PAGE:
This makes them very sensitive to the price of oil.
If the price of oil is low, oil producers make less money. They also drill fewer holes… pump less oil… and buy less equipment. That hurts oil services companies.
But the oil price hasn’t been falling lately. Instead, it’s up 31% since August. It’s now trading at the highest price since May 2015.
That’s why we’ve seen such huge moves in XLE and XOP.
And yet, oil services stocks have barely budged…
Just look at the chart below.
It compares the VanEck Vectors Oil Services ETF (OIH) with the price of oil. OIH is a fund that invests in 25 oil services companies.
OIH normally closely tracks the price of oil. But this relationship broke down earlier this year.
The price of oil took off, while OIH kept falling.
This isn’t supposed to happen. That’s why I told readers to consider speculating on oil services stocks in November. As I explained, it was only a matter of time before the market corrected this anomaly.
Since then, OIH has jumped 18%…
Again, that’s a big move. But oil services stocks should head much higher from here for a couple reasons.
Number one, they are the biggest beneficiaries from Trump’s pro-energy policies.
Think about it. If Trump peels back regulatory red tape, oil companies are going to drill more holes and pump more oil.
To do this, they’ll buy more equipment and machinery. That’s obviously good news for oil services companies.
But that’s not the only reason I’m extremely bullish on this industry.
Oil services companies could soon report a massive spike in profits…
But don’t just take my word for it.
According to research firm FactSet, Wall Street expects to see a 165% jump in annual profits for oil services companies when fourth-quarter results come in.
When that happens, we’ll see a stampede in oil services stocks.
You obviously want to be ready before that happens. So, consider investing in oil services stocks if you haven’t already.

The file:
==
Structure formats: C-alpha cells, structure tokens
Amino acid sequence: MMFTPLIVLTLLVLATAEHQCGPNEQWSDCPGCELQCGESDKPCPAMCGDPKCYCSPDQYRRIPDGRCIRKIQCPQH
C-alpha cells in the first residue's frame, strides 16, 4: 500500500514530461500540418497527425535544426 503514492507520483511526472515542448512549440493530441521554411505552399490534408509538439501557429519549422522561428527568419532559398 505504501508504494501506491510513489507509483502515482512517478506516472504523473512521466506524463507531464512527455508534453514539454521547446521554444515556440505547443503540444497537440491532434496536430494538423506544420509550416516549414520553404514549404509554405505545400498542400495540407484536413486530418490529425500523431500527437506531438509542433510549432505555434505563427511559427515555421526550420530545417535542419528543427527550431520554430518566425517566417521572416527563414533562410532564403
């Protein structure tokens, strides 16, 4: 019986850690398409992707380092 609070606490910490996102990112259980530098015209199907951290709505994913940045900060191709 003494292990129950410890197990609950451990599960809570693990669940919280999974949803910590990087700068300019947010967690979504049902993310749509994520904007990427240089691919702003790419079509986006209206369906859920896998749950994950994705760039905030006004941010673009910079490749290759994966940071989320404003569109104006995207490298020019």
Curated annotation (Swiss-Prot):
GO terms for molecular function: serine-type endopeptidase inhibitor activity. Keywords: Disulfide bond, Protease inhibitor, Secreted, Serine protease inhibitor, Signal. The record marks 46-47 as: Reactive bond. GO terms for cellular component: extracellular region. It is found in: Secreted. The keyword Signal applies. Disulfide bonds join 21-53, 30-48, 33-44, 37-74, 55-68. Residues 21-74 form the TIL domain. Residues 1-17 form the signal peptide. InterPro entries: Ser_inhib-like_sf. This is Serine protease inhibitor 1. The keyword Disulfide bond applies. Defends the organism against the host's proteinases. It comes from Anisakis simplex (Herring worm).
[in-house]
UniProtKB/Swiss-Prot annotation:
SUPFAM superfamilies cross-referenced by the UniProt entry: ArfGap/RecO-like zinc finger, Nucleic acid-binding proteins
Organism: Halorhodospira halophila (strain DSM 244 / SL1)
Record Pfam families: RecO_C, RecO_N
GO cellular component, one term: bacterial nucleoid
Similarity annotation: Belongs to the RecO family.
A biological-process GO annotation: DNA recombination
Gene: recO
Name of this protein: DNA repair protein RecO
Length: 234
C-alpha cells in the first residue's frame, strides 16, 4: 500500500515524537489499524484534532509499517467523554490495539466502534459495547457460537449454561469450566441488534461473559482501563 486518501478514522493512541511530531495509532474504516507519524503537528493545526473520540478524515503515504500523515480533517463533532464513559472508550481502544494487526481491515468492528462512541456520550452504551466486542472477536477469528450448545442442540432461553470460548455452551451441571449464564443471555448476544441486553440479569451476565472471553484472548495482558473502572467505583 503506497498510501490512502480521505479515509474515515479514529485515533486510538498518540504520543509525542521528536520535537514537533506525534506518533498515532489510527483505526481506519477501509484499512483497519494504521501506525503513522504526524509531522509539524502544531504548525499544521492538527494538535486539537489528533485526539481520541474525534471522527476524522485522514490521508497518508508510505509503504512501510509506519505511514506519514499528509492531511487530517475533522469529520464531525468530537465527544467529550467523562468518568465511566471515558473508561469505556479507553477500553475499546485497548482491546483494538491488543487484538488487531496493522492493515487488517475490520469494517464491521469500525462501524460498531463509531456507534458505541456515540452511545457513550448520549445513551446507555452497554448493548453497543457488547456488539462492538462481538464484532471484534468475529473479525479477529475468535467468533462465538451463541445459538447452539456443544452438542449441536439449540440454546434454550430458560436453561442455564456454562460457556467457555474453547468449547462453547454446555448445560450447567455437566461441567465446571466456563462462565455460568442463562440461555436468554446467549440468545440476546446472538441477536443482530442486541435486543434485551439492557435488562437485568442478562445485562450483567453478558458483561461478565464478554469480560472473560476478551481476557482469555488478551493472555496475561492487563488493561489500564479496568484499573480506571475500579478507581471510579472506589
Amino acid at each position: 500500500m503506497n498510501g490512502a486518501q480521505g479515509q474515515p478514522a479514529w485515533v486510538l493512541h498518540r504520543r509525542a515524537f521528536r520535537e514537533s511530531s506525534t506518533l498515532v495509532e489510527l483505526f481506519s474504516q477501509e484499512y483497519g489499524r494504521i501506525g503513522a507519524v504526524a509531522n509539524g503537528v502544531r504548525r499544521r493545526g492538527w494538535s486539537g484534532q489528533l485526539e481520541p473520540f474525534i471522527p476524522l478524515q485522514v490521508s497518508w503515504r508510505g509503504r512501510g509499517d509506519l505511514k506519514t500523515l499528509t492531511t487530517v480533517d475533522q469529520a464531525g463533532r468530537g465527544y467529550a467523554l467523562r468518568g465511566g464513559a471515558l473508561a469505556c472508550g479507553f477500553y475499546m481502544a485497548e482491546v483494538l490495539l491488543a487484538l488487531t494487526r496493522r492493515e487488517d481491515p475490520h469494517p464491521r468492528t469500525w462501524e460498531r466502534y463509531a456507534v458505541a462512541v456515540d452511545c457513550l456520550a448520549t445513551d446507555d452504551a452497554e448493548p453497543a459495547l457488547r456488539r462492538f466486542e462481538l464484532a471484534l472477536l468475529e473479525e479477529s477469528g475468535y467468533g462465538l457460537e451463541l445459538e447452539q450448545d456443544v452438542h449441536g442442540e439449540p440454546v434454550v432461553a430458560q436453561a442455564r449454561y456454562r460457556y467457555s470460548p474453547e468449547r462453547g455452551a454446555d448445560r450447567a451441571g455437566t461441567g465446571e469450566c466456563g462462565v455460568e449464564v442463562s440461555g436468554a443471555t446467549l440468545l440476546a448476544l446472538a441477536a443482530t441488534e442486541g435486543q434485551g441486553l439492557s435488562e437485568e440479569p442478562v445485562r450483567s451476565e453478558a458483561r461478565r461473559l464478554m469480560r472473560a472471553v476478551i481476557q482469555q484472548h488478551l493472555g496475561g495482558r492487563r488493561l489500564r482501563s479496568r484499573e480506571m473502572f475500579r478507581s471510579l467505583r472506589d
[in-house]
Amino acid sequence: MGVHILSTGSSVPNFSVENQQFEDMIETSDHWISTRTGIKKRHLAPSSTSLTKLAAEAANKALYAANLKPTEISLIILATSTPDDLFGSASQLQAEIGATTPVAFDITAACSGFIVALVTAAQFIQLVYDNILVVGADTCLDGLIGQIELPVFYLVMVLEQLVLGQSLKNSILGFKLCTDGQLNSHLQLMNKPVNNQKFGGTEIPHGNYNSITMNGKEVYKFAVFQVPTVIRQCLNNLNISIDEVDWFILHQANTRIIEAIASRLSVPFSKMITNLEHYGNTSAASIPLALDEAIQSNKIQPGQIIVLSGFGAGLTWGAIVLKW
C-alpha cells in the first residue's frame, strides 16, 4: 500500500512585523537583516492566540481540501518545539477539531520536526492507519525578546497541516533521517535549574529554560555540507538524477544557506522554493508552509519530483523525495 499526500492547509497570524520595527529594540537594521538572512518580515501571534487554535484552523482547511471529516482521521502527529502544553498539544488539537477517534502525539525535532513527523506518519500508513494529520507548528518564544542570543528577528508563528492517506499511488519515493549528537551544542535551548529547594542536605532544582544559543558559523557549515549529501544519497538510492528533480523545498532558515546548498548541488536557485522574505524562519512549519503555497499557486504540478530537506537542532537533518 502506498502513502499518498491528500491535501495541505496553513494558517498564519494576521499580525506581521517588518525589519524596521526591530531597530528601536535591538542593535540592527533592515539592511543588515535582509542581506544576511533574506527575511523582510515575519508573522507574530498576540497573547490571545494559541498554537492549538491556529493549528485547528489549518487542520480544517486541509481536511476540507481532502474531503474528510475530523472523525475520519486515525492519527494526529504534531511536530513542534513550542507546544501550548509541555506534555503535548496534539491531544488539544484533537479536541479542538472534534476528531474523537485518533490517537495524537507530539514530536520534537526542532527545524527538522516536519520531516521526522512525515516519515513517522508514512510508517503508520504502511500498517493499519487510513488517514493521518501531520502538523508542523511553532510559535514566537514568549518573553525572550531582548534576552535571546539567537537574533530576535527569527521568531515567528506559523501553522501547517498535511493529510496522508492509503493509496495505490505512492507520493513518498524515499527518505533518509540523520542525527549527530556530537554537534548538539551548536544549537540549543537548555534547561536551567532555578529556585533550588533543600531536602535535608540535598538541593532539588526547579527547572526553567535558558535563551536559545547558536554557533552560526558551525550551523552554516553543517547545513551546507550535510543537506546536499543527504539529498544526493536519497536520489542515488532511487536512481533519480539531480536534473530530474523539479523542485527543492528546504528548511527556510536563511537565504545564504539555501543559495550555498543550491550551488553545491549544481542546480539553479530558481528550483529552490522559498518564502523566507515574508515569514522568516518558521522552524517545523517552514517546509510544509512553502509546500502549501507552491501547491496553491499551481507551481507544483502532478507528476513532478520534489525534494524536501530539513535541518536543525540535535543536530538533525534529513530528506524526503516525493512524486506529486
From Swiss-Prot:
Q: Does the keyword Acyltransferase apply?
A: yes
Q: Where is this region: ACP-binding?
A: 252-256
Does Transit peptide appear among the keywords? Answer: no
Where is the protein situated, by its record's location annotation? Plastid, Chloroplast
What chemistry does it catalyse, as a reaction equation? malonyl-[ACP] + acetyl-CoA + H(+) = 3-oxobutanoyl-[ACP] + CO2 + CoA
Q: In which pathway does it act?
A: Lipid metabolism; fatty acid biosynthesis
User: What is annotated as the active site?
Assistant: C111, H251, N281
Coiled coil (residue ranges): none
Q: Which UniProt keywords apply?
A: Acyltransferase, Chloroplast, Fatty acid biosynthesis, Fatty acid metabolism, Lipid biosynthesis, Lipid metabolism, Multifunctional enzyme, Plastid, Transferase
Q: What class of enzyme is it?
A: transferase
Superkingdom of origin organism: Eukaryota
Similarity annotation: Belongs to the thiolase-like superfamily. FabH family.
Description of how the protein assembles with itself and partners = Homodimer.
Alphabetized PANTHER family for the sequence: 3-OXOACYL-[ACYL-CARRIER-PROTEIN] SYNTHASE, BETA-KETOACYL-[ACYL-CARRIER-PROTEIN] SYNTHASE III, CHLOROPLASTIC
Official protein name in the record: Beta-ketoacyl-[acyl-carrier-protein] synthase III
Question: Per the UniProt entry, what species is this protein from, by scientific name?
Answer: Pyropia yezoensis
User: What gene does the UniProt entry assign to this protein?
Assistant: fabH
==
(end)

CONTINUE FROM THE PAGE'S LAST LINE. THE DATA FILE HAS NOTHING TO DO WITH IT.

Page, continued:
The easiest way to do this is with OIH.
Just don’t wait too long to act. Oil services stocks are already off to a red-hot start this year…
Editor, Casey Daily Dispatch
P.S. Now is a good time to speculate in oil services stocks. But another industry is growing even faster: legal marijuana.
During the first marijuana boom, after Colorado and Washington legalized recreational pot, the best pot stocks rose as much as 24,000%… With weed now legal in California, I expect the 2018 marijuana boom to be eight times bigger than the first wave.
From Wolfgang K.: I believe there is a calculating error in the January issue of The Palm Beach Letter (“The 2018 Palm Beach Letter Asset Allocation Guide”).
From your section on position sizing:
“Let’s assume it’s 5%… 5% of $20,000 is $1,000. That means if you get stopped out of the idea, you can afford to lose no more than $1,000. If you are buying the investment at $20 with a 20% stop, that means your stop price is at $18.
So, your stop-loss size is $2 (the difference between $18 and $20).
This means you can buy 500 shares (500 shares multiplied by size of stop loss ($2) = $1,000).”
20% of $20 is $4, which means a stop-loss price of $16 (not $18). If the assumed risk is $1,000, you can buy 1,000 shares at $4. That means you can buy 250 shares, not 500.
Nick’s Reply: Thanks for the eagle-eyed catch, Wolfgang… We’ve corrected those numbers.